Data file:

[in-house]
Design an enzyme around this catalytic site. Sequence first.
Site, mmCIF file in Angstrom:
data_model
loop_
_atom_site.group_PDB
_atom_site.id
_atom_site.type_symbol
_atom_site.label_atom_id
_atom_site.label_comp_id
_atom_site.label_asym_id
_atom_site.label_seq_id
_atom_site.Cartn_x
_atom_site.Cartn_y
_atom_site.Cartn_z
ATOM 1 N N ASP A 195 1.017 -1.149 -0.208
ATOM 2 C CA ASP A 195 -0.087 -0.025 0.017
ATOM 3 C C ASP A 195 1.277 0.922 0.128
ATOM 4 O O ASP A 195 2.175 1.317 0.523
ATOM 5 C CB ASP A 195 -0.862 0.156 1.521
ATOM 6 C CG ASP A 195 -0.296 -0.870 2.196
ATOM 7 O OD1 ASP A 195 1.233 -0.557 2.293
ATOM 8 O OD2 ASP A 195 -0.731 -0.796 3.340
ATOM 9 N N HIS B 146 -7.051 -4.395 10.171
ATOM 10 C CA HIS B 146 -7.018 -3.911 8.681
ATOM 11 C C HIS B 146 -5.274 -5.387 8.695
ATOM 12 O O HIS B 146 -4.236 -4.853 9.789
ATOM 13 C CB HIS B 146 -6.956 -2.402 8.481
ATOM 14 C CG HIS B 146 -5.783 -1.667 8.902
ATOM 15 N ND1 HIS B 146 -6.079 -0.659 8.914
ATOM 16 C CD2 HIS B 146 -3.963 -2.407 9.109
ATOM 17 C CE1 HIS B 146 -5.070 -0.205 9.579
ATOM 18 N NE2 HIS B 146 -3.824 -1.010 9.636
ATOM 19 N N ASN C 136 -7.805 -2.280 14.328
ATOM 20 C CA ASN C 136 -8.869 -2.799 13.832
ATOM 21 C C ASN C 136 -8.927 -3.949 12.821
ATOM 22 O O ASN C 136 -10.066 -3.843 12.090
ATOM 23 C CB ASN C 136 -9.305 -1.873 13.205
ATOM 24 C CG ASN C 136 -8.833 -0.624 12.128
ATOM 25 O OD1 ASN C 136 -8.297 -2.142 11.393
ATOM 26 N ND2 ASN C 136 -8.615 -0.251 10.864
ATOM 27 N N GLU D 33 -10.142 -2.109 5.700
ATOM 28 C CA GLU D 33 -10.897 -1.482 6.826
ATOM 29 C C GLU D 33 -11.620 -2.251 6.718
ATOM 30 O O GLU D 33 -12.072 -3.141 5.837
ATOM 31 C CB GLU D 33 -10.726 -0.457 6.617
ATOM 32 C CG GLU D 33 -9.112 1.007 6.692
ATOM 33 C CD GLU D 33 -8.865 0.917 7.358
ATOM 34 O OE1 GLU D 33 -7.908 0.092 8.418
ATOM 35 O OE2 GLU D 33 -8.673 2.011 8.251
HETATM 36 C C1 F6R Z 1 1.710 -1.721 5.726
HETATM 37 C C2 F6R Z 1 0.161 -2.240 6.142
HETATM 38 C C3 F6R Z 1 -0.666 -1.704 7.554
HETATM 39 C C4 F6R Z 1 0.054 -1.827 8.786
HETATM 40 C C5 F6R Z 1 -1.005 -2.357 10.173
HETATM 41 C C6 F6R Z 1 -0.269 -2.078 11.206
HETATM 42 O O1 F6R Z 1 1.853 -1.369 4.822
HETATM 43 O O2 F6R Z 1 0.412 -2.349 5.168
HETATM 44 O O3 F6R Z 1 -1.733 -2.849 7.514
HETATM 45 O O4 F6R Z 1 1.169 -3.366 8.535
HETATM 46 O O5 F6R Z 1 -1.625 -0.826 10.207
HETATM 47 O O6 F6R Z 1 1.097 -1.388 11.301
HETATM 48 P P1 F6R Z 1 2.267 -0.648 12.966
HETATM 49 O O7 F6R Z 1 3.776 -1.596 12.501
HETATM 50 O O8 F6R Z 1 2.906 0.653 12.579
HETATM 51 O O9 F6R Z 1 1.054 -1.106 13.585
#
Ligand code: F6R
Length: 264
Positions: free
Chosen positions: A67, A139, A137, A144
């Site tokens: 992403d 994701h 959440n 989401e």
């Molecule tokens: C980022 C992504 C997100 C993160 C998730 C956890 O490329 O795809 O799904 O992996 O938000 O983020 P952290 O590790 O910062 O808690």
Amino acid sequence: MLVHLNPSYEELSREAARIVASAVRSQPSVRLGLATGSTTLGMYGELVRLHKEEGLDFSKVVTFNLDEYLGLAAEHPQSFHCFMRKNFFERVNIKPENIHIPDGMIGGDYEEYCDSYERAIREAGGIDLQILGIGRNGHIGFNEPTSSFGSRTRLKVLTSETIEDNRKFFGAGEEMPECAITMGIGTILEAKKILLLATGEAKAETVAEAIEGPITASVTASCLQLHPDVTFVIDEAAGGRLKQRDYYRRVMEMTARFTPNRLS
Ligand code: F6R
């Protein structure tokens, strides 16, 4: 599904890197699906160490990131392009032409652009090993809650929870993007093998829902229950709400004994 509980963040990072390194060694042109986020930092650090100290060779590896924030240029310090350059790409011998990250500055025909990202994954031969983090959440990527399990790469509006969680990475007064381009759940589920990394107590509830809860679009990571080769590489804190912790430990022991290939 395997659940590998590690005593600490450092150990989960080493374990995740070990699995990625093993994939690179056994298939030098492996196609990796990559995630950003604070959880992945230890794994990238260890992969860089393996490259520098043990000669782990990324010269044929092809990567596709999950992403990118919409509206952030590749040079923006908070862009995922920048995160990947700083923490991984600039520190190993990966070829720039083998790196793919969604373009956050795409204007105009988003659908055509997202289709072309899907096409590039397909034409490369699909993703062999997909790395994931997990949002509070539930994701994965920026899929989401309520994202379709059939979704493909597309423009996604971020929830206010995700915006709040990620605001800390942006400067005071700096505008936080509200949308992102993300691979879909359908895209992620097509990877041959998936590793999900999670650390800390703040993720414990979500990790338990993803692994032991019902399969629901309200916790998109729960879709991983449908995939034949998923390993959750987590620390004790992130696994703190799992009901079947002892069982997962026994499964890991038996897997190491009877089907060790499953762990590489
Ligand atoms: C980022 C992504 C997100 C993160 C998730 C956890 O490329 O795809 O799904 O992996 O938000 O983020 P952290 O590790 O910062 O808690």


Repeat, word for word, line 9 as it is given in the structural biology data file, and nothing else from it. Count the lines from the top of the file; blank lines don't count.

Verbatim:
_atom_site.label_atom_id